The Poetry of Gin

A man of my acquaintance mailed¬†George Bilgere’s very fine¬†poem, “The Return of Odysseus,” to another man (also of my acquaintance), with its excellent description of how a household hero’s wrath is salved:

I slammed the door. I threw down my book bag
in this particular way I have perfected over the years
that lets my wife understand
the contempt I have for my enemies,
which is prodigious. And then with great skill
she built a gin and tonic
that would have pleased the very gods,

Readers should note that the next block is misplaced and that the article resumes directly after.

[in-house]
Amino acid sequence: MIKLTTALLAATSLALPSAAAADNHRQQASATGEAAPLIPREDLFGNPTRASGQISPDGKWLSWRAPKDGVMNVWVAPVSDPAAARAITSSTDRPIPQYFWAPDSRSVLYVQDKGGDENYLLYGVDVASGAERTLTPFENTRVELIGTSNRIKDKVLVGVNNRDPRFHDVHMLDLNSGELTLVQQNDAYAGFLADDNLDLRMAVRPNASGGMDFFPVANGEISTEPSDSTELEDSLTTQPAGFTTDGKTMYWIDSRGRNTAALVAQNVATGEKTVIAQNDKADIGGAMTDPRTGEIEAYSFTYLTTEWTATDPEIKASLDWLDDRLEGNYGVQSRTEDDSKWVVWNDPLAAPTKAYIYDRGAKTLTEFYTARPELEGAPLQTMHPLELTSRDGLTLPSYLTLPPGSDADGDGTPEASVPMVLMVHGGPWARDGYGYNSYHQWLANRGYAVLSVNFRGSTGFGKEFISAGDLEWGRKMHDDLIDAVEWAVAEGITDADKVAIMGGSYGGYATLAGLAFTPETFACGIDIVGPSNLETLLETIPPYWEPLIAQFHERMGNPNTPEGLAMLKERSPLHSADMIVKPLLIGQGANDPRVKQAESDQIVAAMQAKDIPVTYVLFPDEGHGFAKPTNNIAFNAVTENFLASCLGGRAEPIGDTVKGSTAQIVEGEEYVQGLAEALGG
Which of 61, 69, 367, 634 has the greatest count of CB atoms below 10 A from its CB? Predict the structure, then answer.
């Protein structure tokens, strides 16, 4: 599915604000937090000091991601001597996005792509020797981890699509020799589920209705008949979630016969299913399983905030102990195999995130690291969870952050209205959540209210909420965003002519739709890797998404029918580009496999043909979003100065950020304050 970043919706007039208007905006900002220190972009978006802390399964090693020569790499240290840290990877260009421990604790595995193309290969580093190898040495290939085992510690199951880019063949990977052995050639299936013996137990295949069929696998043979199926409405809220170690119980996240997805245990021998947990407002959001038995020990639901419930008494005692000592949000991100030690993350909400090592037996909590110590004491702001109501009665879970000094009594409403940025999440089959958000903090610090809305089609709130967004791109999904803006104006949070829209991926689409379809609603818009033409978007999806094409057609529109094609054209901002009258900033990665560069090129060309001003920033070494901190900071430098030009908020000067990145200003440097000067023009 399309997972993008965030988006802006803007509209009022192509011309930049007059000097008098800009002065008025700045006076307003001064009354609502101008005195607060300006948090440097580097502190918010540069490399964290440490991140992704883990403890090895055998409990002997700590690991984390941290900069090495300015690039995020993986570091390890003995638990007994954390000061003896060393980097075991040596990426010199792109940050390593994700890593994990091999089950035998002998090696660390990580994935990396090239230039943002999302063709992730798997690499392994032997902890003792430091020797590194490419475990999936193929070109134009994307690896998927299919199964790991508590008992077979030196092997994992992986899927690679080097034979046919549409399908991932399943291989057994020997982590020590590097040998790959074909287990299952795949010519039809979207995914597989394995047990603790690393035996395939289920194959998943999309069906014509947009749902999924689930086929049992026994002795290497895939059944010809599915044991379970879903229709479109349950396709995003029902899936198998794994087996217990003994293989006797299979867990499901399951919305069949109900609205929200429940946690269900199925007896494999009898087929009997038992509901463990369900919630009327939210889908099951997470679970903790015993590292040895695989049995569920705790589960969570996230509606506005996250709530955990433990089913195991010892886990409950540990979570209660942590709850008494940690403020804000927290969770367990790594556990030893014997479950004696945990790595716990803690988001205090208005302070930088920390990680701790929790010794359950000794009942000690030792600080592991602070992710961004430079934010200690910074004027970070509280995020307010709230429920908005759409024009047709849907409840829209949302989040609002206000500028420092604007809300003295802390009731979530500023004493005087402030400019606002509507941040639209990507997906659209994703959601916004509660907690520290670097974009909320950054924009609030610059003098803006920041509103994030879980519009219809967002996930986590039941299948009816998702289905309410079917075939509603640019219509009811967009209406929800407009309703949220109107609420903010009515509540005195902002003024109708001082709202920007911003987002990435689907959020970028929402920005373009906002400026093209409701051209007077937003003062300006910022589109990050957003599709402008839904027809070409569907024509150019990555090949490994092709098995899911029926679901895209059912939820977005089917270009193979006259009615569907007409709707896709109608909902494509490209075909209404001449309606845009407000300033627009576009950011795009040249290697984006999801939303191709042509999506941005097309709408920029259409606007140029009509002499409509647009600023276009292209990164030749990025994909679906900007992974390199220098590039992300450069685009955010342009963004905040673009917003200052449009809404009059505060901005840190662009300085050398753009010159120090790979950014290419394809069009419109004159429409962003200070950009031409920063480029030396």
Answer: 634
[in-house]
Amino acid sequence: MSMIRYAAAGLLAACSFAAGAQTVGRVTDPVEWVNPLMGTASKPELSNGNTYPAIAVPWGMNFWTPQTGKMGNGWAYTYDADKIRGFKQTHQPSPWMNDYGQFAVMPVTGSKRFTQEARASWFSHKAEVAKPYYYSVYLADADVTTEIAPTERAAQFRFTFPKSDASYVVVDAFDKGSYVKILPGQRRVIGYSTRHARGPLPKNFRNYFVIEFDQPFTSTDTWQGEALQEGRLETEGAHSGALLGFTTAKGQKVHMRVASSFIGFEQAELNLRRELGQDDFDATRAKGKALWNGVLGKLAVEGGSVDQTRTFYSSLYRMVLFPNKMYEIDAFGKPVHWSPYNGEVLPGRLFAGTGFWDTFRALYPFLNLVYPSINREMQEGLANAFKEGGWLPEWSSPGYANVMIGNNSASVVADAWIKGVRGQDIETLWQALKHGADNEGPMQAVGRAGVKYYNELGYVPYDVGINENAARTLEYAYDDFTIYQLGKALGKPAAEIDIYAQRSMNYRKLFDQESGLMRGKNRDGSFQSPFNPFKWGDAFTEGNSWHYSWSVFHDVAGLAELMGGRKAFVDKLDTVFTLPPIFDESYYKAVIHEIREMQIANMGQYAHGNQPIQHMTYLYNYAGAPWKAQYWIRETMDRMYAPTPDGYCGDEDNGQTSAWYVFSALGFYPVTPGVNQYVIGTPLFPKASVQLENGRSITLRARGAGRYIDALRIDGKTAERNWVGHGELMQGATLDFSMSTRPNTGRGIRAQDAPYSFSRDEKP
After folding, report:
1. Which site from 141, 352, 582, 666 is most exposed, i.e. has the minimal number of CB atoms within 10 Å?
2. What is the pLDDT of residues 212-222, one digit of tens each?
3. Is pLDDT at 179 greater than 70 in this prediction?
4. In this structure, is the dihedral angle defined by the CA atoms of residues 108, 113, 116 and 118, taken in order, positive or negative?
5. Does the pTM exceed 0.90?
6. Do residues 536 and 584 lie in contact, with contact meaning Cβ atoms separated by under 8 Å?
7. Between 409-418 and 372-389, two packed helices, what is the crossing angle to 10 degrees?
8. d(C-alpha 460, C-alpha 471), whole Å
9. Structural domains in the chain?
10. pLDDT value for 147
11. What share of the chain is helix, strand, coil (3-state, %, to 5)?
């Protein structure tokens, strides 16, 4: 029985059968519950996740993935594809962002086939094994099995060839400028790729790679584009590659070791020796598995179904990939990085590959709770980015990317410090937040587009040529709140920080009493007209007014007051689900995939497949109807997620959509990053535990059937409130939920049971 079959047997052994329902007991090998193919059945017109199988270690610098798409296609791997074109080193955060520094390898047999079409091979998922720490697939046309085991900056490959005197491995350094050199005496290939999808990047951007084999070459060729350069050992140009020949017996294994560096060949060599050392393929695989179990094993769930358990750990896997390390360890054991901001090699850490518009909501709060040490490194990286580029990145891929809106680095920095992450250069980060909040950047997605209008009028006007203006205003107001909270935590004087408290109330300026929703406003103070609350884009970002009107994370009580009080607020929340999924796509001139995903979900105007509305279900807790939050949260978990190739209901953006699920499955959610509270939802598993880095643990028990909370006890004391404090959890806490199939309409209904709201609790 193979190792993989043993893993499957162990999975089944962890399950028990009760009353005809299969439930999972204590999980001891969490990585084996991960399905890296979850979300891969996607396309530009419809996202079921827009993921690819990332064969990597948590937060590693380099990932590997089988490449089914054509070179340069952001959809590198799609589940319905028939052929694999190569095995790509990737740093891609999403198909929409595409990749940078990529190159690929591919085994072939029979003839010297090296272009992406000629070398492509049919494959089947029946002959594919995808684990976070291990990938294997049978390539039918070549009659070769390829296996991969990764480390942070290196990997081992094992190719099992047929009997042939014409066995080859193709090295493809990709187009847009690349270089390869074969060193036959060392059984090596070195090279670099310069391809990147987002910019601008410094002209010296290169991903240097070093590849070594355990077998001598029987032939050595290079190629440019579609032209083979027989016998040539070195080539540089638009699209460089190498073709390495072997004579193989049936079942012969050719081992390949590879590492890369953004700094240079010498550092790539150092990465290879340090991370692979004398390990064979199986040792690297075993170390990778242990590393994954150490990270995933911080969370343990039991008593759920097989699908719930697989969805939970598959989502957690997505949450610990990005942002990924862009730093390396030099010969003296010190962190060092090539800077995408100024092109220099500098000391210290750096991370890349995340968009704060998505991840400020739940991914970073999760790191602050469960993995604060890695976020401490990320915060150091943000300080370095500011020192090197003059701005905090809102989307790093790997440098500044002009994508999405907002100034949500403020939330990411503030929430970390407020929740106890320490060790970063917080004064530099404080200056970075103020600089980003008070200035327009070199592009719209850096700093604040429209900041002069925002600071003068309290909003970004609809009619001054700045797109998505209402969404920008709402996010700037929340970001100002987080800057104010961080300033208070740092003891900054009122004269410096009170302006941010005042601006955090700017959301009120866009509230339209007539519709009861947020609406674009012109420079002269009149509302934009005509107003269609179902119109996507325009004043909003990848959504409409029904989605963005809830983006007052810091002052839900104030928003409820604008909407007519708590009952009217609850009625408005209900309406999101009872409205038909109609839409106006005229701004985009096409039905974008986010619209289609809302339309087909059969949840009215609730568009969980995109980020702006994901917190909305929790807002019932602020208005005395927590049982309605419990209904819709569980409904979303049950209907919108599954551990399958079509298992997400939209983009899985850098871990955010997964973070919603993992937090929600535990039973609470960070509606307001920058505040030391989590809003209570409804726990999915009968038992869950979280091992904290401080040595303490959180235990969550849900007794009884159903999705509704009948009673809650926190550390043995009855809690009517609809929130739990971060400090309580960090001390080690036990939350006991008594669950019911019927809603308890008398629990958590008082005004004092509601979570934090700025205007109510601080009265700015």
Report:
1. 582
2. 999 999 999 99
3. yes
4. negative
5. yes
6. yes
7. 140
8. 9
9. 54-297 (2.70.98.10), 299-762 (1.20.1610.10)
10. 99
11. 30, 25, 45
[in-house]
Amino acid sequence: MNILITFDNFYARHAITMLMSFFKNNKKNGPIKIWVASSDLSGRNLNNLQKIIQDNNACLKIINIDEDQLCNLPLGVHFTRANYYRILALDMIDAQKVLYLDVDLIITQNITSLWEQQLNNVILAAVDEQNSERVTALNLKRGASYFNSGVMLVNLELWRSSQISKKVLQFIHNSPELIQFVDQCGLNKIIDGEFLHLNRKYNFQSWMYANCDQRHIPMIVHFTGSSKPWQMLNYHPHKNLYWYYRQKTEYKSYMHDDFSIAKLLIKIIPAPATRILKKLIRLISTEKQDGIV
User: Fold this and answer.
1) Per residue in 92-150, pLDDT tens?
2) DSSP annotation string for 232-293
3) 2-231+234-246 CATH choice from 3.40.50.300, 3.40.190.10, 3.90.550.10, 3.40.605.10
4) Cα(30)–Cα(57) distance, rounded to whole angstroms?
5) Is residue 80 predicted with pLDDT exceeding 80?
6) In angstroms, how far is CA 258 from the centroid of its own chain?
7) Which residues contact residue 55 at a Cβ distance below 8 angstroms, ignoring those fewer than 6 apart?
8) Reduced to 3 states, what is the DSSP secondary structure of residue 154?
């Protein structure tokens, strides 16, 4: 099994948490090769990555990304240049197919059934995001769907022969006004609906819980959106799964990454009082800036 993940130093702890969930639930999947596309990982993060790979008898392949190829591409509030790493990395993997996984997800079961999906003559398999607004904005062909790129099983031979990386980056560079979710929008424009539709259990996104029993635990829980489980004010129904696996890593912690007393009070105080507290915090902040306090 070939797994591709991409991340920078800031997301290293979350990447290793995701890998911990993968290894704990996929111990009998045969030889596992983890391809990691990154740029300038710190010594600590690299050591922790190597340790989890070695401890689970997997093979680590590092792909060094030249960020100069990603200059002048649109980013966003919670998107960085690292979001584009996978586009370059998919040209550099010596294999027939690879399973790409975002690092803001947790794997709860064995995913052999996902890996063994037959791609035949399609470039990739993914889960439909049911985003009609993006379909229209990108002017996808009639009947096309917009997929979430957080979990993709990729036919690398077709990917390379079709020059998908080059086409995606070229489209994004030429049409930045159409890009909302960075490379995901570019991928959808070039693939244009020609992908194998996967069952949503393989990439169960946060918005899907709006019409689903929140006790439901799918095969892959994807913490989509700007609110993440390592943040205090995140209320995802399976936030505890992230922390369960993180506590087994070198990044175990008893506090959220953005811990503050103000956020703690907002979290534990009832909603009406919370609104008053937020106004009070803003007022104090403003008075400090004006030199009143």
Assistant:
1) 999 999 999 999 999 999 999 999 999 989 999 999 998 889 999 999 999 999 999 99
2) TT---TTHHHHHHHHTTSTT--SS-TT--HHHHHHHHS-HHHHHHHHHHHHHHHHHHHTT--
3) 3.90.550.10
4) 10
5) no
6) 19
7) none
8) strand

and with epic patience she listened
as I told her of my wrath, and of what I intended to do
to so-and-so, and also to what’s-his-name.

The other man mailed back Philip Levine’s “Gin,” which has an entirely different take on the spirit’s medicinal qualities:

Ahead
lay our fifteenth birthdays,
acne, deodorants, crabs, salves,
butch haircuts, draft registration,
the military and political victories
of Dwight Eisenhower, who brought us
Richard Nixon with wife and dog.
Any wonder we tried gin.

I quite enjoyed being carbon copied on their correspondence!

Comments are closed.